- REVIEW: Marvel's Iron Fist - Season 1, Episode 9: "The Mistress of All Agonies"
- REVIEW: Marvel's Iron Fist - Season 1, Episode 8: "The Blessing of Many Fractures"
- REVIEW: Marvel's Iron Fist - Season 1, Episode 7: "Felling Tree With Roots"
- Webcomic Wednesdays: Star Trip
- REVIEW: Marvel's Iron Fist - Season 1, Episode 6: "Immortal Emerges From Cave"
If you’ve been following Bitch Planet, you probably love Penelope Rolle. Her character has been compelling since the very beginning; she’s strong, beautiful, unapologetic, and completely radical. She also brings up a lot of questions about this projected future and the society that formed both her and the “compliant” women, which is why I was so excited to get a whole issue dedicated to her.
Penny’s story follows with Kelly Sue’s thematic refusal to apologize for the work this series is doing. Her name is an obvious reference to the fat rolls her body is comprised of, a historical and blatantly offensive practice of reducing archetypal characters to their role in the narrative. But Penny owns it all. She owns her name, she owns her size, she owns her blackness and her hair that her white adoptive mother can’t quite figure out. And she’s not claiming validity despite her size, she’s claiming the validity of her size, of her existence. She’s valid and beautiful and badass and it’s not despite anything. She’s not pretty “for a black girl,” “for a fat girl,” and honestly, pretty doesn’t factor in so much to the ways she owns herself, because pretty is limiting and she is so much more.
This issue introduces another creative form of prison torture, the kind of torture designed specifically for the women in a society that has ingrained its standards to such an extent that it is a largely self-policed compliance. Like all good futuristic fiction, it holds a grain of our current reality, because while one might not accrue a literal rap sheet like Penny with offenses including “repeated citations for aesthetic offenses, capillary disfigurement, and wanton obesity,” her dismissal of conventional/oppressive standards of beauty would be (and is) radical in our society currently. The torture, therefore, is a technology that shows Penny how she could be– and worse, how she subconsciously must want to be, beneath the rolls and the anger, because after all, who doesn’t want to be beautiful and adored and accepted?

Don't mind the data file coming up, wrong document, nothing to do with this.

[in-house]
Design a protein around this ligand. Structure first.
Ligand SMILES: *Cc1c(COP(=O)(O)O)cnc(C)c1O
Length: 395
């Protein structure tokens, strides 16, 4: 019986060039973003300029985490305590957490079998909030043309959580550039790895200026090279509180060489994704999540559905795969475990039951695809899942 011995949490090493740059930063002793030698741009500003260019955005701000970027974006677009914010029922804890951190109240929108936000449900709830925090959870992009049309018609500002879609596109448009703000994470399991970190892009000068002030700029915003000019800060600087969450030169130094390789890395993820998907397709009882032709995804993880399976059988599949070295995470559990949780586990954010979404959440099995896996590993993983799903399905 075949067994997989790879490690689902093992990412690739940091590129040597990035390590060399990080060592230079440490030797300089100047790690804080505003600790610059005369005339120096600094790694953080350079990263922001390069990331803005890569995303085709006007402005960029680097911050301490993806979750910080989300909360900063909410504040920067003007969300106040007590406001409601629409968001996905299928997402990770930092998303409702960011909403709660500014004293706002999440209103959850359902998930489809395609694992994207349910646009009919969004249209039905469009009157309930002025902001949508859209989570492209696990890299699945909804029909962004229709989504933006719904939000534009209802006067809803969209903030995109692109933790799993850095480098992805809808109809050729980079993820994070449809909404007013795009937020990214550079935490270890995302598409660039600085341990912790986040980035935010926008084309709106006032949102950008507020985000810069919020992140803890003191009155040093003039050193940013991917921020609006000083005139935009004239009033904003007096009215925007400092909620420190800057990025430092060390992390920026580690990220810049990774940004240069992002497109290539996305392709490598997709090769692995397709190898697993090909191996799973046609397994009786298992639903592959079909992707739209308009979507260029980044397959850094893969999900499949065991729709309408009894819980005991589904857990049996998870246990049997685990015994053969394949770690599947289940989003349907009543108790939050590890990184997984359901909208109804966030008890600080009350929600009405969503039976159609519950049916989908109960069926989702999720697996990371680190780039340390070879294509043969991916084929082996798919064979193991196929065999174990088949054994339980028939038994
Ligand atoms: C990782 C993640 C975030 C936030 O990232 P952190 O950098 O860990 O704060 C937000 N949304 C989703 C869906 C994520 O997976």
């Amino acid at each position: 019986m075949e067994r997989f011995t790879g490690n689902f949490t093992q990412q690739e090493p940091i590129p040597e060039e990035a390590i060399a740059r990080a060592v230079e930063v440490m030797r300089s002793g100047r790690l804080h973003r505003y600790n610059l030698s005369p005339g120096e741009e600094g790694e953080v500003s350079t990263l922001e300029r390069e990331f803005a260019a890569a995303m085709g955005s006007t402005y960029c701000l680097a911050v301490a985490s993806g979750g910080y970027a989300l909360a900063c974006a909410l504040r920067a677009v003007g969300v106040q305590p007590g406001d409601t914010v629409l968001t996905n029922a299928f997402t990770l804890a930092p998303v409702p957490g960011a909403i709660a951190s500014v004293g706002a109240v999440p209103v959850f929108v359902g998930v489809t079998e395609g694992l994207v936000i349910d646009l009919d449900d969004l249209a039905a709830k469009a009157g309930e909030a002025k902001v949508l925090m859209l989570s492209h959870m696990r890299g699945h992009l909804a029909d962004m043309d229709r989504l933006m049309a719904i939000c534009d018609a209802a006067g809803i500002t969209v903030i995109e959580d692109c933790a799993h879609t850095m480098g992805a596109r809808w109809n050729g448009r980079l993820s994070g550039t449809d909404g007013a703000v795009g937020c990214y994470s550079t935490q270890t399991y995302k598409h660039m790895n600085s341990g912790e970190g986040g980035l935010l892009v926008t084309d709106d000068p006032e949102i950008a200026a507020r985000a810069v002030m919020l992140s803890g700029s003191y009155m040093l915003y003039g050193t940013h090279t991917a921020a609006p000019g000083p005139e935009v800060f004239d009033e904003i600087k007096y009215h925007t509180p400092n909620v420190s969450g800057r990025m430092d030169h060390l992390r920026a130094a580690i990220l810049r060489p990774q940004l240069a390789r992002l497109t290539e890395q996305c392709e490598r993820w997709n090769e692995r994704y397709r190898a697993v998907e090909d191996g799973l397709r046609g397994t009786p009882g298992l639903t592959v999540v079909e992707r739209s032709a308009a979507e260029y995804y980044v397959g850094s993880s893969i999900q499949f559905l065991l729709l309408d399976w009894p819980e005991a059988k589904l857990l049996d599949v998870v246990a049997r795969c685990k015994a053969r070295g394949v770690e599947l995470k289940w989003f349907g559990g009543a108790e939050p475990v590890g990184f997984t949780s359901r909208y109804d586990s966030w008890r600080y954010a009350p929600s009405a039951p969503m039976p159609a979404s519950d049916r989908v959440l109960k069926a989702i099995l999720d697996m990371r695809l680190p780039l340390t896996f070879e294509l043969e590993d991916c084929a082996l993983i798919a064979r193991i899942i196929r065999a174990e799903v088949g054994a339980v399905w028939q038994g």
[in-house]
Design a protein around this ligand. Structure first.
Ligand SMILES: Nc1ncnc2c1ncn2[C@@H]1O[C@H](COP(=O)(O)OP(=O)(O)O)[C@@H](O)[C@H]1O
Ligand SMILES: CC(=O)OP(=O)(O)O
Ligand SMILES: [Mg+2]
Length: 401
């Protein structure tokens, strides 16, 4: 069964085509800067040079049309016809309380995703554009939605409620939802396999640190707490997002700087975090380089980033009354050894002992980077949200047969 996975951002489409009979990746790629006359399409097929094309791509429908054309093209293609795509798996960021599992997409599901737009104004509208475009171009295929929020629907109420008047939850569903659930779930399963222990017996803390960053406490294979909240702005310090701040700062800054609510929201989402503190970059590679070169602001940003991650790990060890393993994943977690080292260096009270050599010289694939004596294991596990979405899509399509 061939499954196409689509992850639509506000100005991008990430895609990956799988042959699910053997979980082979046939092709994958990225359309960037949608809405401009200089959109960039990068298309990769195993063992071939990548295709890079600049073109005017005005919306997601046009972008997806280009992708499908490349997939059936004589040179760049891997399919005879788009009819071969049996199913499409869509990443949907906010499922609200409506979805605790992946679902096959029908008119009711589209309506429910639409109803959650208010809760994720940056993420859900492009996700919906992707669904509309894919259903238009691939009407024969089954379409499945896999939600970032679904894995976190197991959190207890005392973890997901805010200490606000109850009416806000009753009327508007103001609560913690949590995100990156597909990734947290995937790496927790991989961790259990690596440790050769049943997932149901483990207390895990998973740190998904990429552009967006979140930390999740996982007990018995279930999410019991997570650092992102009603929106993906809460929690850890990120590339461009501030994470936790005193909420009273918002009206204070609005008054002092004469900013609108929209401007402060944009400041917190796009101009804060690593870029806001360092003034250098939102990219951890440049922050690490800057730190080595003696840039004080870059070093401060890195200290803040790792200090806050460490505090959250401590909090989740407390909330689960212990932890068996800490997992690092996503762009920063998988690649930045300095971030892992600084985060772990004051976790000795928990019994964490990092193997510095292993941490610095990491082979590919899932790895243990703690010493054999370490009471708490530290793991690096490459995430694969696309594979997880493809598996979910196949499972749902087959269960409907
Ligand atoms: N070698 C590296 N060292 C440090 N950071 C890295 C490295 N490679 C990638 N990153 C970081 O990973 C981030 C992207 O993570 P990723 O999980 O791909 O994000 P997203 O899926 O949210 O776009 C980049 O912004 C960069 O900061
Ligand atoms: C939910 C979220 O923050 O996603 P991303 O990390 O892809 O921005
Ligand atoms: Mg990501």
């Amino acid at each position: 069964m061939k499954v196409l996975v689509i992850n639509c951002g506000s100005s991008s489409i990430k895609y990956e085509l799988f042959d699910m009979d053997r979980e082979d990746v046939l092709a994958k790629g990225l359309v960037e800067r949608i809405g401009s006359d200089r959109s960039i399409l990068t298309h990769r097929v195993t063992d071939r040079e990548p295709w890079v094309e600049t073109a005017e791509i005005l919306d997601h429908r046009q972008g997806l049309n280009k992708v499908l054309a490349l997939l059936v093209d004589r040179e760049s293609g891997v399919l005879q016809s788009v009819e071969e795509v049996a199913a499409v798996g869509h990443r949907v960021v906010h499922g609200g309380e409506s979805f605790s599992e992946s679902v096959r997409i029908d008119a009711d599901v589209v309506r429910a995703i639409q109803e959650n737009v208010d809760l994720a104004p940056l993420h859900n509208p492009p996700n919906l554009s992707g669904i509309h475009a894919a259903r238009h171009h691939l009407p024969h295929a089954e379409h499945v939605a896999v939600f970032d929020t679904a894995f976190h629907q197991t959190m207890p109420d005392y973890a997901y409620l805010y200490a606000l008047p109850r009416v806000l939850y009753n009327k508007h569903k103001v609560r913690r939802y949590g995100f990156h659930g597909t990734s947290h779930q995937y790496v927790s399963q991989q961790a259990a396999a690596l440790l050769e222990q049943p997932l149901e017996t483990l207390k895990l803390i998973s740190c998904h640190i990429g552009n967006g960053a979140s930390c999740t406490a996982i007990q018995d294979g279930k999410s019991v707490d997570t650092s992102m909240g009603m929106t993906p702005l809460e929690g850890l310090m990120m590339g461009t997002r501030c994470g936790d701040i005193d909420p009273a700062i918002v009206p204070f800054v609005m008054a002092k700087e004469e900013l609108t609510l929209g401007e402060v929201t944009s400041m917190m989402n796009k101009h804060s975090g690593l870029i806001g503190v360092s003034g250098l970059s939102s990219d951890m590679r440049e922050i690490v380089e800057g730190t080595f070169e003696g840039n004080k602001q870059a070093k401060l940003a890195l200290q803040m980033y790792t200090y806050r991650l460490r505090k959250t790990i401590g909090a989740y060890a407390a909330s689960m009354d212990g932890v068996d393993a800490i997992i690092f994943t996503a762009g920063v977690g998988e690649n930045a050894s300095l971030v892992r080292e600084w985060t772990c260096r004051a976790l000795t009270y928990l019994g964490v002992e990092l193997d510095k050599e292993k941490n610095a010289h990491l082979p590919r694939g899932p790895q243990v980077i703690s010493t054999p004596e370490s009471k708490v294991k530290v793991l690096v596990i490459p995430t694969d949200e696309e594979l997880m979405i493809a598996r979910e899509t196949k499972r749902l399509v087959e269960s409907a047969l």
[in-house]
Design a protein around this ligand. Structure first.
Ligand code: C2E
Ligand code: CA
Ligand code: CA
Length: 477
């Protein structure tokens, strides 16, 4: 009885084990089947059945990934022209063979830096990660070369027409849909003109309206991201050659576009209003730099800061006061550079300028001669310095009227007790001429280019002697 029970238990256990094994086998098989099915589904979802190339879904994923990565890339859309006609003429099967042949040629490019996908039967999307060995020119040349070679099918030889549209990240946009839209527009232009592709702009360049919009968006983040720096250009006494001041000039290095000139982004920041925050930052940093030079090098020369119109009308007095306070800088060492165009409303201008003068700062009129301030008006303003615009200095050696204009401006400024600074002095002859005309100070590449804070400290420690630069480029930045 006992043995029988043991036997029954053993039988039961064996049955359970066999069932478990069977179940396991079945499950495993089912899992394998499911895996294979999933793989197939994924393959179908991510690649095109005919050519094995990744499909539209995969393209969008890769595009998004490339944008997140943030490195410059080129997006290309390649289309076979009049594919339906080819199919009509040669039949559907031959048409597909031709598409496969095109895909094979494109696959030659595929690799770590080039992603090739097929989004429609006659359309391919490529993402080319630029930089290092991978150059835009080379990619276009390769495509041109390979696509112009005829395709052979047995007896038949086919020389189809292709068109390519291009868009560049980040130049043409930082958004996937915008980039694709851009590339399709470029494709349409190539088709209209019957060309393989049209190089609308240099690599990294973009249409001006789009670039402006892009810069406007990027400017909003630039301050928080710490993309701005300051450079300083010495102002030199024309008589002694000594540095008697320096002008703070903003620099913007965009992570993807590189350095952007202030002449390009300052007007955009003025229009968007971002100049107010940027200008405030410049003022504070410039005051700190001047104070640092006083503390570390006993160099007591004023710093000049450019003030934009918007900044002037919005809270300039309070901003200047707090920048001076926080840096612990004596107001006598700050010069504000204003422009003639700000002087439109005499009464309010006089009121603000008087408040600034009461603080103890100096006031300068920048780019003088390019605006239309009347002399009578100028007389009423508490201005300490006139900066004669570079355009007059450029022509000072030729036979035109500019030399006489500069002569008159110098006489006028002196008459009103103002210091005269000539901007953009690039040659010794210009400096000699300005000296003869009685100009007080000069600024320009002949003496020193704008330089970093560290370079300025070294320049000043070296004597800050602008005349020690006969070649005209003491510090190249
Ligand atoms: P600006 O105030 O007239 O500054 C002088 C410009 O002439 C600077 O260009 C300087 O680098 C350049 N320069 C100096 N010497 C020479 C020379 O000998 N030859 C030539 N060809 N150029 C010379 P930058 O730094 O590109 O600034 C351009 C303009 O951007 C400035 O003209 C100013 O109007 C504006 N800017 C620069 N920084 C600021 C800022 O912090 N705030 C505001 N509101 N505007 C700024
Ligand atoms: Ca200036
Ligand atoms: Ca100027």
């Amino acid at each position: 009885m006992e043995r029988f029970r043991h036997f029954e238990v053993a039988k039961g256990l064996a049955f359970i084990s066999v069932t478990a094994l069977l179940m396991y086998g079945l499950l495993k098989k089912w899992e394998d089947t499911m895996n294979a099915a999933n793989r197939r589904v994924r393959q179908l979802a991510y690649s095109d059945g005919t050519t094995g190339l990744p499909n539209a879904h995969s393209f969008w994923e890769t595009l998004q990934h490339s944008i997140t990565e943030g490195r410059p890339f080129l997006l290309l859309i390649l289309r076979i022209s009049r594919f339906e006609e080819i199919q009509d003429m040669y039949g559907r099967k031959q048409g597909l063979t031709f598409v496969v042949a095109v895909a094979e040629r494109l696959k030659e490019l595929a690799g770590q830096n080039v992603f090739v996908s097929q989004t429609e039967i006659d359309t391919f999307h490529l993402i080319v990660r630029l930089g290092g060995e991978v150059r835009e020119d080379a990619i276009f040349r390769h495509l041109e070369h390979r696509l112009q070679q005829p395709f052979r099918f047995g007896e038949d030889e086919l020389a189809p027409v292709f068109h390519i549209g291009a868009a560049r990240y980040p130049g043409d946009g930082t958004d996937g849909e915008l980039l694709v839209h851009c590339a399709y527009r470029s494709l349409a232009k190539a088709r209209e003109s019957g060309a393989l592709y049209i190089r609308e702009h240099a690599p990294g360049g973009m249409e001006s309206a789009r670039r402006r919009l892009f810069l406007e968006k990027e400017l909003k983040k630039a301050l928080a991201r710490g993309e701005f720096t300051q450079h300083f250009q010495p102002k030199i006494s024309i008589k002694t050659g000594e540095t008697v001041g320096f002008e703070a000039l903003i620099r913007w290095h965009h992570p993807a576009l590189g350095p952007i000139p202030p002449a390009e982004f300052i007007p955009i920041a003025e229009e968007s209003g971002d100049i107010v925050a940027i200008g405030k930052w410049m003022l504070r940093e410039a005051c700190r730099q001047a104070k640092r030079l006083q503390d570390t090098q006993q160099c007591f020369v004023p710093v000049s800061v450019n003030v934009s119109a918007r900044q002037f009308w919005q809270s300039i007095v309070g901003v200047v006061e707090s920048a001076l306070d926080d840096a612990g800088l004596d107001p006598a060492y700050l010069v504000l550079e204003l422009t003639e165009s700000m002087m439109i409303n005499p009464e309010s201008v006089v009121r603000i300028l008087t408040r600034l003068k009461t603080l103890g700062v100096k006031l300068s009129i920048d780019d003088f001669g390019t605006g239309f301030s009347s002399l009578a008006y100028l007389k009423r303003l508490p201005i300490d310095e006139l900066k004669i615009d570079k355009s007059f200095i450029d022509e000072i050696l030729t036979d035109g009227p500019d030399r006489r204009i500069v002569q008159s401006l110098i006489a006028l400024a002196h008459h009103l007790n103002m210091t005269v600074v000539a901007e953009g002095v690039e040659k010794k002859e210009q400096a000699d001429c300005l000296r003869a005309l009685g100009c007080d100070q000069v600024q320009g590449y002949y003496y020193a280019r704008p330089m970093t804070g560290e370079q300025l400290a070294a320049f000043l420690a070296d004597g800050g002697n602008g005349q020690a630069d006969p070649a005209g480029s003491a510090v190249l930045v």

This is not dissimilar to the guilt-bot assigned to Kamau in the previous issue, and these forms of torture are both more insidious and more gendered than physical violence would be. They target the gender-specific roles that have been ingrained in these women since birth, designed to provoke guilt, remorse, self-loathing. This gives us the opportunity to examine the ways that these feelings are programmed into children, male and female, from a young age, as we follow Penny’s journey from childhood into gainful state employment as an adult.
The way this book examines the harmfulness of gender roles, today, through this campy and sexploitative futuristic comic, is fucking masterful. With every issue, this book spotlights a toxic flaw in an inherently misogynistic culture, and through this spotlight, this book rejects that influence. Bitch Planet refuses to accept the status quo, and you should too.
Bitch Planet might not be your cup of tea, but it is radical and it is important. You should be picking it up.
“Bitch Planet #3” earns a clean 10/10